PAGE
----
The Amar Jawan Jyoti has been merged with the flame at the National War Memorial on a bright Friday afternoon but was this step the “need of the hour” or simply unsolicited? Read ahead to find out more.
On 21 January 2022, the Amar Jawan Jyoti at the India Gate was merged with the eternal flame at the National War Memorial in New Delhi. The ceremony for the same took place on 21st January afternoon. A part of the Amar Jawan Jyoti flame was taken and merged with the flame at the National War Memorial at India Gate. Chief of Integrated Defence Staff Air Marshal B R Krishna presided over this ceremony. However, the merger soon became a page of the controversial political book. This step was welcomed but not without a good share of criticism from some.
The Amar Jawan Jyoti under the India Gate was established back in 1972 by then Prime Minister Indira Gandhi. It was constructed to pay homage to the lives that we lost during the Indo-Pakistan war of 1971 which resulted in the creation of Bangladesh. It was inaugurated on 26 January 1972 after India came out victorious in the war in December 1971. The eternal flame at the Amar Jawan Jyoti was an evocative symbol that paid tribute to the nation’s fallen soldiers in the line of duty. This “memorable” piece of the nation’s history consists of a base on which there is a cenotaph. The words “Amar Jawan” are scripted in gold on all four sides of the cenotaph and the latter has a reversed rifle with a war helmet on top of it. It also has four urns (burners) which were lit on important national days, else only one of them was kept alive around the year and was never allowed to be extinguished. The same was kept alive eternally with the help of piped natural gas (PNG).
This eternal flame was placed under the India Gate or the All India War Memorial as previously known. It was constructed by the British in 1931 to pay a tribute to the 90,000 Indian soldiers of the British Indian Army that were lost in multiple wars till then. Hence, the flame was placed under it since the memorial was in the remembrance of the fallen Indian soldiers.
The primary reason stated by the government officials to take this step, as reported by the Indian Express, is that the India Gate is a symbol of our “colonial past” and does not even carry a mention of the soldiers lost during the 1971 war. Moreover, the flame would not be extinguished but just moved to be merged with the one in the National War Memorial. The National War Memorial was established by our Prime Minister Narendra Modi back in 2019 which also houses an eternal flame. As asserted by the defense officials, it seemed only right to keep a single flame instead of two when all the officials and foreign dignitaries paid their homage at the new establishment. This merger might be one of the unnecessary necessities of the country that was addressed. Although the step is subjected to a political row on the pretense of respective political ideology and was both welcomed and criticized, was it really imperative to shake the history of this country?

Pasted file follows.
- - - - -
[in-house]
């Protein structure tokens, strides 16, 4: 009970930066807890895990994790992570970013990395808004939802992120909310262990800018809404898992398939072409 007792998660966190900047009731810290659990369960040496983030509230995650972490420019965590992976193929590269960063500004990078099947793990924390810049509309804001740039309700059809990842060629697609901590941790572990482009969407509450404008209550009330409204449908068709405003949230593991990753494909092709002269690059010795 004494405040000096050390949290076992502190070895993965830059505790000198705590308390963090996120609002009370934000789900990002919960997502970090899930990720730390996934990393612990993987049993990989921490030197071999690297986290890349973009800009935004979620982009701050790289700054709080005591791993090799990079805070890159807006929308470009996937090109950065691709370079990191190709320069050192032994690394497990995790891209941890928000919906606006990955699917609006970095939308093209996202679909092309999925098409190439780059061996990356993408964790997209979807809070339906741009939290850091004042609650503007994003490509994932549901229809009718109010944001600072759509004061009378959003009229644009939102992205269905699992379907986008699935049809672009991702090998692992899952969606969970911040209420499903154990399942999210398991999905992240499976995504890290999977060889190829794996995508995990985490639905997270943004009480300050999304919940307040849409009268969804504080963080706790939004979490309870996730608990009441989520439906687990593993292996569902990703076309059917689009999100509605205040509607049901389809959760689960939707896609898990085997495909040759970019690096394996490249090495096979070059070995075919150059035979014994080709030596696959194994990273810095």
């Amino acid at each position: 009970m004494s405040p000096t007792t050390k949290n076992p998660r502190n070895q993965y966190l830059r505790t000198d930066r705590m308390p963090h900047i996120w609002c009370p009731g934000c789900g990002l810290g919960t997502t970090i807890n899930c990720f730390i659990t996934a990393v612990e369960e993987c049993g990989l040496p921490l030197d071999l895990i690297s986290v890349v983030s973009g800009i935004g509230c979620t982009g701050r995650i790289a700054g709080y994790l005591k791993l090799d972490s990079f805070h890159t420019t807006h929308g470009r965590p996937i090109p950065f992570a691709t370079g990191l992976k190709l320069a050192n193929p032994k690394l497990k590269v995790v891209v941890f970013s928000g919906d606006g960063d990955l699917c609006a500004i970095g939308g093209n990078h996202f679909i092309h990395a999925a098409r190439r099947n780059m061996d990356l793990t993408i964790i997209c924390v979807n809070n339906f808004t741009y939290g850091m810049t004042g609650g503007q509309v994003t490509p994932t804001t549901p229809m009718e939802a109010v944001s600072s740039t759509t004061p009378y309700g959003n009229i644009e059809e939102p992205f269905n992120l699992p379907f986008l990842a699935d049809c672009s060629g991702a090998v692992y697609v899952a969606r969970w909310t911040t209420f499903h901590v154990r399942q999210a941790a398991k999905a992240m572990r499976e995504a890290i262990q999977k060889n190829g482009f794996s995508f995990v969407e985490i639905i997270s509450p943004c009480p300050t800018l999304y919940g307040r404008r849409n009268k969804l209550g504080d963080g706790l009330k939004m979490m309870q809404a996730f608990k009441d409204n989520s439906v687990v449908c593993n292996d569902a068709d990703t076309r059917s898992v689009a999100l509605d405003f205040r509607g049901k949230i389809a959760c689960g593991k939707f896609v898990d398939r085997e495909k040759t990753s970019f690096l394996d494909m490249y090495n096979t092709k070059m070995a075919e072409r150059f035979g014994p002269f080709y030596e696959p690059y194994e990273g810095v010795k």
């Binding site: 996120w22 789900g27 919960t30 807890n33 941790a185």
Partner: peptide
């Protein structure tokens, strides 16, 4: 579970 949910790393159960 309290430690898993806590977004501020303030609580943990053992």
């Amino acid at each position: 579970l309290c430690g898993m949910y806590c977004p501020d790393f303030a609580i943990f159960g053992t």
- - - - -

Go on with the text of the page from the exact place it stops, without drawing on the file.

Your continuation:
Another reason to carry forward this merger was that the people of the country are bonded to the Amar Jawan Jyoti emotionally. They did not feel the same sentiment for the National war Memorial and the latter did not catch the public eye to the extent anticipated. Now, not only the government is zealous for the new memorial’s promotion but this step can also be seen as a part of one of the government’s current endeavors, the central vista project.
The central vista project or this merger is undertaken for the creation of the believed “Indian property”. This is the justification given to the restructuring of the heart of the National Capital. Now it may sound patriotic and the chauvinistic feelings might propagate but where should the line be drawn to demarcate the symbolic shift of power and the nation’s prestige? The Amar Jawan Jyoti is a part of that history because of which the present we are living in flourished. The undermining of the same in the name of the colonial past or British property would not lead to the creation of the believed missing link. That lost link is between Indian sentiments and prestige and the historic sacrifices that were made in the colonial past. Keeping up two flames might look unnecessary so one of them was decided to be put to sleep but how long are we going to put the history to sleep in the name of patriotism? Every part of colonial history, every remnant from the British period holds a quintessential value and an emotional aspect. The Jyoti was lit when people were reeling from the loss. To say that it has to be put off for paying a tribute to not only them but all is quite materialistic. Other measures could have turned up if creative efforts were on the table which would have ensured a certain place of the new memorial but jeopardizing a piece of history to garner attention is not quite acceptable. Nevertheless, as much as this step was criticized, it was whole-heartedly welcomed by some. Everything is done in the name of our country and the feelings of patriotism continue to perpetuate. Yet, the tri-colored flag should be the sole agenda instead of the orange one. Doing this, would ensure the growth of the nationalist zeal for eternity and bring sheer joy to the countrymen and not only the ones in power.
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